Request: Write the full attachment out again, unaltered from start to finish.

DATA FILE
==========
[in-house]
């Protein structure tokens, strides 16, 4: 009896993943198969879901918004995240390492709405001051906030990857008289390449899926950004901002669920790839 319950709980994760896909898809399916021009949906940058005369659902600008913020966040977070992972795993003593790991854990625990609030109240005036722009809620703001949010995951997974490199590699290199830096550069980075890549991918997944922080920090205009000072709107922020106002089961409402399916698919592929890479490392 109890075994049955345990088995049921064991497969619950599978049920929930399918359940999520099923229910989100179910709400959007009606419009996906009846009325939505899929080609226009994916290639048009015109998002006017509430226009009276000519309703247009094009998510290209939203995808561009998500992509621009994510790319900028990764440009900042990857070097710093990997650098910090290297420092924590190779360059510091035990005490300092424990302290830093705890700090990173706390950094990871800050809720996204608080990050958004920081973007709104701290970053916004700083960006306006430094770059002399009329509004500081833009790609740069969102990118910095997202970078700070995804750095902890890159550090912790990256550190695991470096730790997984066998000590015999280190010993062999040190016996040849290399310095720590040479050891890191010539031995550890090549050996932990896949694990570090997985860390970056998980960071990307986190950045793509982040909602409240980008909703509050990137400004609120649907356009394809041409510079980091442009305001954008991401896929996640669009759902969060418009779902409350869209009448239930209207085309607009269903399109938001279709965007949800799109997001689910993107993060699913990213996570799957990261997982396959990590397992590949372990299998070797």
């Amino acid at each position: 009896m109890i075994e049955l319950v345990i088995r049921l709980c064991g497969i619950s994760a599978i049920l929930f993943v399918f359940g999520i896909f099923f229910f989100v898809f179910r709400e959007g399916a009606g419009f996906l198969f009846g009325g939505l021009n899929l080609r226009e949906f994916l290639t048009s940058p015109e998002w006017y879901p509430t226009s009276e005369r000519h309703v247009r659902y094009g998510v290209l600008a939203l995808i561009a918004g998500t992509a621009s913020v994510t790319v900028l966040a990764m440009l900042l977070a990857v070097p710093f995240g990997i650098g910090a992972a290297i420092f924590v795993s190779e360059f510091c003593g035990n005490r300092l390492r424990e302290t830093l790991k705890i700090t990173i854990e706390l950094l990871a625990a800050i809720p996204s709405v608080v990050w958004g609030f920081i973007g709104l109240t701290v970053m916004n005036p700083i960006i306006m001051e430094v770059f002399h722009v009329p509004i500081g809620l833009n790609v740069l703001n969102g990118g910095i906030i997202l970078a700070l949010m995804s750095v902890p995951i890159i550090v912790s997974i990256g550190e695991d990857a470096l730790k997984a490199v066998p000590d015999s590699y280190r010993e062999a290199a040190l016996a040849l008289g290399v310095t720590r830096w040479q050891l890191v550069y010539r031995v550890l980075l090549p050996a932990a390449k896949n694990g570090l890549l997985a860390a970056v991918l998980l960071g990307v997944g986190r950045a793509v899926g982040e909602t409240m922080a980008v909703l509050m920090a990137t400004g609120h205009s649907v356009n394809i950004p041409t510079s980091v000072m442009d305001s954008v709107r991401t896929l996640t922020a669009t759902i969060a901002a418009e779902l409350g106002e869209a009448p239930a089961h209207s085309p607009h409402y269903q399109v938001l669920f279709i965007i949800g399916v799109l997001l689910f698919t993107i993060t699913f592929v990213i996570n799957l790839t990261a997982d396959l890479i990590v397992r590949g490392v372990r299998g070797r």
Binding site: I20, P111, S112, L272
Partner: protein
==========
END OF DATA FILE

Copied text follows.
[in-house]
């Protein structure tokens, strides 16, 4: 009896993943198969879901918004995240390492709405001051906030990857008289390449899926950004901002669920790839 319950709980994760896909898809399916021009949906940058005369659902600008913020966040977070992972795993003593790991854990625990609030109240005036722009809620703001949010995951997974490199590699290199830096550069980075890549991918997944922080920090205009000072709107922020106002089961409402399916698919592929890479490392 109890075994049955345990088995049921064991497969619950599978049920929930399918359940999520099923229910989100179910709400959007009606419009996906009846009325939505899929080609226009994916290639048009015109998002006017509430226009009276000519309703247009094009998510290209939203995808561009998500992509621009994510790319900028990764440009900042990857070097710093990997650098910090290297420092924590190779360059510091035990005490300092424990302290830093705890700090990173706390950094990871800050809720996204608080990050958004920081973007709104701290970053916004700083960006306006430094770059002399009329509004500081833009790609740069969102990118910095997202970078700070995804750095902890890159550090912790990256550190695991470096730790997984066998000590015999280190010993062999040190016996040849290399310095720590040479050891890191010539031995550890090549050996932990896949694990570090997985860390970056998980960071990307986190950045793509982040909602409240980008909703509050990137400004609120649907356009394809041409510079980091442009305001954008991401896929996640669009759902969060418009779902409350869209009448239930209207085309607009269903399109938001279709965007949800799109997001689910993107993060699913990213996570799957990261997982396959990590397992590949372990299998070797």
């Amino acid at each position: 009896m109890i075994e049955l319950v345990i088995r049921l709980c064991g497969i619950s994760a599978i049920l929930f993943v399918f359940g999520i896909f099923f229910f989100v898809f179910r709400e959007g399916a009606g419009f996906l198969f009846g009325g939505l021009n899929l080609r226009e949906f994916l290639t048009s940058p015109e998002w006017y879901p509430t226009s009276e005369r000519h309703v247009r659902y094009g998510v290209l600008a939203l995808i561009a918004g998500t992509a621009s913020v994510t790319v900028l966040a990764m440009l900042l977070a990857v070097p710093f995240g990997i650098g910090a992972a290297i420092f924590v795993s190779e360059f510091c003593g035990n005490r300092l390492r424990e302290t830093l790991k705890i700090t990173i854990e706390l950094l990871a625990a800050i809720p996204s709405v608080v990050w958004g609030f920081i973007g709104l109240t701290v970053m916004n005036p700083i960006i306006m001051e430094v770059f002399h722009v009329p509004i500081g809620l833009n790609v740069l703001n969102g990118g910095i906030i997202l970078a700070l949010m995804s750095v902890p995951i890159i550090v912790s997974i990256g550190e695991d990857a470096l730790k997984a490199v066998p000590d015999s590699y280190r010993e062999a290199a040190l016996a040849l008289g290399v310095t720590r830096w040479q050891l890191v550069y010539r031995v550890l980075l090549p050996a932990a390449k896949n694990g570090l890549l997985a860390a970056v991918l998980l960071g990307v997944g986190r950045a793509v899926g982040e909602t409240m922080a980008v909703l509050m920090a990137t400004g609120h205009s649907v356009n394809i950004p041409t510079s980091v000072m442009d305001s954008v709107r991401t896929l996640t922020a669009t759902i969060a901002a418009e779902l409350g106002e869209a009448p239930a089961h209207s085309p607009h409402y269903q399109v938001l669920f279709i965007i949800g399916v799109l997001l689910f698919t993107i993060t699913f592929v990213i996570n799957l790839t990261a997982d396959l890479i990590v397992r590949g490392v372990r299998g070797r």
Binding site: I20, P111, S112, L272
Partner: protein